Evelyn McDonnell: What do you think of the idea of the People’s Poetry Gathering?
Robert Pinsky: The emphasis on vocality appeals to me very much. Poetry is a bodily art for me, or it is nothing.
How do you answer critics who charge that things like the People’s Poetry Gathering, and even your own Favorite Poem Project, are commercial gimmicks that demean the serious business of poetry?
Surely the “serious” art is far too mighty and noble to be damaged by a little vulgarization. Just as the art of poetry in other centuries survived the toadying and
flattering that poets once directed toward ignorant royals and dimwitted nobility. As to commercial gimmicks, do poets object to their publishers taking out ads in newspapers and magazines? Along with some valid resistance to the tarnishing of “gimmicks,” those critics are perhaps unconsciously defending a coterie position? Whether it is avant-garde or academic or ethnic or populist or austere or performative, a broad public presence for poetry dilutes any coterie’s importance.
Do you think there will inevitably be tension between an exclusive institution like the Academy of American Poets and a populist enterprise like the Gathering?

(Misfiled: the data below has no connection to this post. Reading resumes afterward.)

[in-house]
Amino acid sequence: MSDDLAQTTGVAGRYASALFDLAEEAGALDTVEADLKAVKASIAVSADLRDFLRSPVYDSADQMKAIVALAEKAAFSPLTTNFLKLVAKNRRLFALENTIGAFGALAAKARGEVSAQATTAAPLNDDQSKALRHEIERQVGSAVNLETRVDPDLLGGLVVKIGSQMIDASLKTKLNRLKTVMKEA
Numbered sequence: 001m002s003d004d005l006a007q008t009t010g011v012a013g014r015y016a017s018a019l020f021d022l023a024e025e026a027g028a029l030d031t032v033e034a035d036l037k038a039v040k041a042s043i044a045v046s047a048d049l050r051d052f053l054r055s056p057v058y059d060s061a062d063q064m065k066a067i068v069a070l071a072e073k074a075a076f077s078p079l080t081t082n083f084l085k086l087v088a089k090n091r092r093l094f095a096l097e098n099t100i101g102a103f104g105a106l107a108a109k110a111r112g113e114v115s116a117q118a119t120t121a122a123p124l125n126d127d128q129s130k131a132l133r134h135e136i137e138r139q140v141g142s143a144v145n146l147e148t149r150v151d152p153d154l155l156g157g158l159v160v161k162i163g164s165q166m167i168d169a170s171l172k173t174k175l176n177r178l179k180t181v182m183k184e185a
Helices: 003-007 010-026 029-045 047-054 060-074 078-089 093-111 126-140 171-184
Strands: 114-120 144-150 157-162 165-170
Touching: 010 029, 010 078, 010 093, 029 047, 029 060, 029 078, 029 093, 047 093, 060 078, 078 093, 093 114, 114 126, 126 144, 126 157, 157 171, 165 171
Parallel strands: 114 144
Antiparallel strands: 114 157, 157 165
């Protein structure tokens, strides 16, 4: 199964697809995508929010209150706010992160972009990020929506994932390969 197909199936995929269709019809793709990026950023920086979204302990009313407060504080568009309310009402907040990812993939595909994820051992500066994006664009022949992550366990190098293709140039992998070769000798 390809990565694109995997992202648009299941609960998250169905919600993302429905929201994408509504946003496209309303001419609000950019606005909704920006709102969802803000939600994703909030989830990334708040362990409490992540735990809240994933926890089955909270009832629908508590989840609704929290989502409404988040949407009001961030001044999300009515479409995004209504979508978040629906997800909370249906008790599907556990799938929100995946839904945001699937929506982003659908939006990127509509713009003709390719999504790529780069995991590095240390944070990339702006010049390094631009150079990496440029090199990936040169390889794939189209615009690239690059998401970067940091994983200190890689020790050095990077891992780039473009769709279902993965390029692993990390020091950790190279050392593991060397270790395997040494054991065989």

In principle, I don’t think any tension is inevitable, and I don’t think all tension is bad. Is Eugene Redmond talking about Henry Dumas downtown not scholarly? Is high school student Jennifer Liu, uptown, reading Richard Wright’s poem about a lynching not “populist”? The smartest, most gifted artists usually evade or combine or transcend categories and camps.
Poetry has been used in advertising, featured on MTV, and sold on compact discs. Is that good or bad for poetry?
Writing poetry is a very personal, private art. Does performing it in public destroy that? No. Why exaggerate? For me, the culmination of the art is not the poetry reading but any individual reader’s vocal intelligence, in the body, an instrument of the soul. That is primary.
Robert Pinsky’s Favorite Poem Anthology will be published by Norton in the fall.